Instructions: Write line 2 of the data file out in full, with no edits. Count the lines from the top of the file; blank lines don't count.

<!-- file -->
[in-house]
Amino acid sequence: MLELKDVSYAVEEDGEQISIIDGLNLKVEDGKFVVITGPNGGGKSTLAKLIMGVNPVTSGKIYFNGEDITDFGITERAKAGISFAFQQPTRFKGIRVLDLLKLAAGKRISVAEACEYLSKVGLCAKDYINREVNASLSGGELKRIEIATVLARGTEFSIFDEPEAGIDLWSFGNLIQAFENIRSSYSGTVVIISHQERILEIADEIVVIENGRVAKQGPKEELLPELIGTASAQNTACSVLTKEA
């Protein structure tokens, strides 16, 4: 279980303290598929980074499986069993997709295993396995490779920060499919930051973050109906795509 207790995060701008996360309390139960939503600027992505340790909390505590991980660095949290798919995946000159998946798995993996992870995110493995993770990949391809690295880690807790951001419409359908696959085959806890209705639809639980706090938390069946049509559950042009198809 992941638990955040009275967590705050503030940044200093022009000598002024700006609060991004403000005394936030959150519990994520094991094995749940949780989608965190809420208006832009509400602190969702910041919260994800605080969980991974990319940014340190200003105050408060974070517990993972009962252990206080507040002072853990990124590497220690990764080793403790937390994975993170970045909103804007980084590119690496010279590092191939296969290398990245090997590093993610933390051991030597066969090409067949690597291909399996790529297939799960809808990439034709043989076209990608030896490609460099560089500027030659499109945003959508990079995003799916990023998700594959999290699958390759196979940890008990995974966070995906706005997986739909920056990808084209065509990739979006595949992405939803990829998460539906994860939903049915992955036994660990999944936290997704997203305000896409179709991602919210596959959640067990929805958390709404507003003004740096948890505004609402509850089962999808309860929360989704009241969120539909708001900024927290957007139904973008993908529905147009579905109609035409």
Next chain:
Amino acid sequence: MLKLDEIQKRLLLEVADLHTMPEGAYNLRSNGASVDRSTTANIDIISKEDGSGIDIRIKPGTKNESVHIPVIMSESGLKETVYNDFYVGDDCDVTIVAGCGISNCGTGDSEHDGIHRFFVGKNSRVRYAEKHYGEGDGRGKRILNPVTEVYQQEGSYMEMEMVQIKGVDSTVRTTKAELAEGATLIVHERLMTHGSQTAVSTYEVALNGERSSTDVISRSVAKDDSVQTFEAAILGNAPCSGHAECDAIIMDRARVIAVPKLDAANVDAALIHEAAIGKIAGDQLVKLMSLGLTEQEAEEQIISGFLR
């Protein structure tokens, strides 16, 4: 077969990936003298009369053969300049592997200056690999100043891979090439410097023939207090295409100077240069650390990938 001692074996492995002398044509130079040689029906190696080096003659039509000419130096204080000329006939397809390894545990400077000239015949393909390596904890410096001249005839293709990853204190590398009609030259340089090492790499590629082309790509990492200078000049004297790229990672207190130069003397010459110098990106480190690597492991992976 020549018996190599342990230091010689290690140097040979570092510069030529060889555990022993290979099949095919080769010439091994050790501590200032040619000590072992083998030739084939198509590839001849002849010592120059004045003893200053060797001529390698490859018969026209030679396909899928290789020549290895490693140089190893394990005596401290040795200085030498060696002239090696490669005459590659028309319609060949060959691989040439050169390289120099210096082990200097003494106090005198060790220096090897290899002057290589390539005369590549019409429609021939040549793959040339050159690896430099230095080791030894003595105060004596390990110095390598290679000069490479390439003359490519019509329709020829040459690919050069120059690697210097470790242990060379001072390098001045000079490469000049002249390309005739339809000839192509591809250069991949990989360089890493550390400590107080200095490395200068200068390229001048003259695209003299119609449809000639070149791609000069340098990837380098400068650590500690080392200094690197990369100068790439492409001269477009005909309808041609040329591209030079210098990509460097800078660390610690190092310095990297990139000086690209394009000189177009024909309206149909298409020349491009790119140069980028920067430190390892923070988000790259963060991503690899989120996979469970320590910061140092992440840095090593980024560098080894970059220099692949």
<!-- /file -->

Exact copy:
Amino acid sequence: MLELKDVSYAVEEDGEQISIIDGLNLKVEDGKFVVITGPNGGGKSTLAKLIMGVNPVTSGKIYFNGEDITDFGITERAKAGISFAFQQPTRFKGIRVLDLLKLAAGKRISVAEACEYLSKVGLCAKDYINREVNASLSGGELKRIEIATVLARGTEFSIFDEPEAGIDLWSFGNLIQAFENIRSSYSGTVVIISHQERILEIADEIVVIENGRVAKQGPKEELLPELIGTASAQNTACSVLTKEA